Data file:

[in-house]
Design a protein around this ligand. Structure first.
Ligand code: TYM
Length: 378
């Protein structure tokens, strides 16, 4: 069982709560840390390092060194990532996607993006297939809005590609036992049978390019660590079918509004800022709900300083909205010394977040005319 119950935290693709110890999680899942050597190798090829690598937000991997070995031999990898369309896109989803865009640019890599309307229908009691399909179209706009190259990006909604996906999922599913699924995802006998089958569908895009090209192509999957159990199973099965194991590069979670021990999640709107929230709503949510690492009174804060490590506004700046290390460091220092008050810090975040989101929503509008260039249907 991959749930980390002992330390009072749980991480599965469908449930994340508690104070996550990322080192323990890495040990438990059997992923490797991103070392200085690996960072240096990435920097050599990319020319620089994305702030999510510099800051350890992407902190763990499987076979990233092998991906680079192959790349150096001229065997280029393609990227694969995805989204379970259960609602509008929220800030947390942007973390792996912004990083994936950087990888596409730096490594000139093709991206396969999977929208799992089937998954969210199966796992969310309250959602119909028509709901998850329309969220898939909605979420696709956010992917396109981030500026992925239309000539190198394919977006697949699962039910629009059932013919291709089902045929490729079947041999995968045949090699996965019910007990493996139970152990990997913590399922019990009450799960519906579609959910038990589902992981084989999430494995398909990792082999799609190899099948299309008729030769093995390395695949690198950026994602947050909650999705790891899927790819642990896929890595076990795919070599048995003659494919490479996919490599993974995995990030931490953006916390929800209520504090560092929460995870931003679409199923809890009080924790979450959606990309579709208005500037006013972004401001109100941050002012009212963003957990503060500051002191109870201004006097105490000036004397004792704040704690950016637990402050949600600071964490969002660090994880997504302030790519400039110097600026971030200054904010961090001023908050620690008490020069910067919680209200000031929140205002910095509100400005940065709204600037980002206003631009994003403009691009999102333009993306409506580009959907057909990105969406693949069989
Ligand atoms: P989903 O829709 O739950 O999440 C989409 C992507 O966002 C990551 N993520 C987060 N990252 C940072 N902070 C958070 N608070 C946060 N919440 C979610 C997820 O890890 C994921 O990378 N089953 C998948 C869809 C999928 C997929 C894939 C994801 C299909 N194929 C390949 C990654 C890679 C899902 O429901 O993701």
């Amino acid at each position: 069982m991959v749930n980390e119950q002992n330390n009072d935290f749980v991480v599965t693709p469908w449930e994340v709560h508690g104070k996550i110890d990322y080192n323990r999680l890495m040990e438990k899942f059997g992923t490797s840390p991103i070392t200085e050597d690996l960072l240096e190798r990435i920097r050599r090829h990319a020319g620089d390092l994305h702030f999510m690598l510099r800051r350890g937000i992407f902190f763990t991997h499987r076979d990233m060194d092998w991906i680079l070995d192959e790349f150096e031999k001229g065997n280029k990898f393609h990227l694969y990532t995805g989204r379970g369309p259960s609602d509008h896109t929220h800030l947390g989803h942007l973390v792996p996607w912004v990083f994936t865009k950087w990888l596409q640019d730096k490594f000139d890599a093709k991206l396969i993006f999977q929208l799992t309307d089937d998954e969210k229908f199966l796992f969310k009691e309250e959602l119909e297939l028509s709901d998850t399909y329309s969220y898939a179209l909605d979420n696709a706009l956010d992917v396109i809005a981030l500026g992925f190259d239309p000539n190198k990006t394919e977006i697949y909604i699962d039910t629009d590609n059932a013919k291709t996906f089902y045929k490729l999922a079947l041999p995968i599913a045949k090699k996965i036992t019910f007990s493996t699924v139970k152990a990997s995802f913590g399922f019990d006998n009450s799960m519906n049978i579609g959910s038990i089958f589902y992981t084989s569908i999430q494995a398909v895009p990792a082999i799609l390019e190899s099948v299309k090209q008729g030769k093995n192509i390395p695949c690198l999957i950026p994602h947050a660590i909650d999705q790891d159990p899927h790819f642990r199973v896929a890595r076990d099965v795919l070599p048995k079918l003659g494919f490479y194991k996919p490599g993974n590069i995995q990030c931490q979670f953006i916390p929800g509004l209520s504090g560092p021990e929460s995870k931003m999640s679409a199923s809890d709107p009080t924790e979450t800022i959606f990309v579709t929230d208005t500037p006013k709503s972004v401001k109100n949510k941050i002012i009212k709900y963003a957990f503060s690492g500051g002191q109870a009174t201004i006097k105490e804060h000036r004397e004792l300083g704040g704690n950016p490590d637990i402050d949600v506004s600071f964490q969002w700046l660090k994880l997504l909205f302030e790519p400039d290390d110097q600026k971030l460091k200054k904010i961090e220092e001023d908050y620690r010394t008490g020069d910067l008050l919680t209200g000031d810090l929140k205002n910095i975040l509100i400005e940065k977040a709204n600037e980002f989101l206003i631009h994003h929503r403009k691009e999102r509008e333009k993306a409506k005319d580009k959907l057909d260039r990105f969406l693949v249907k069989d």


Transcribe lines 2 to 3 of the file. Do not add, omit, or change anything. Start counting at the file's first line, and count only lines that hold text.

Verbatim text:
Design a protein around this ligand. Structure first.
Ligand code: TYM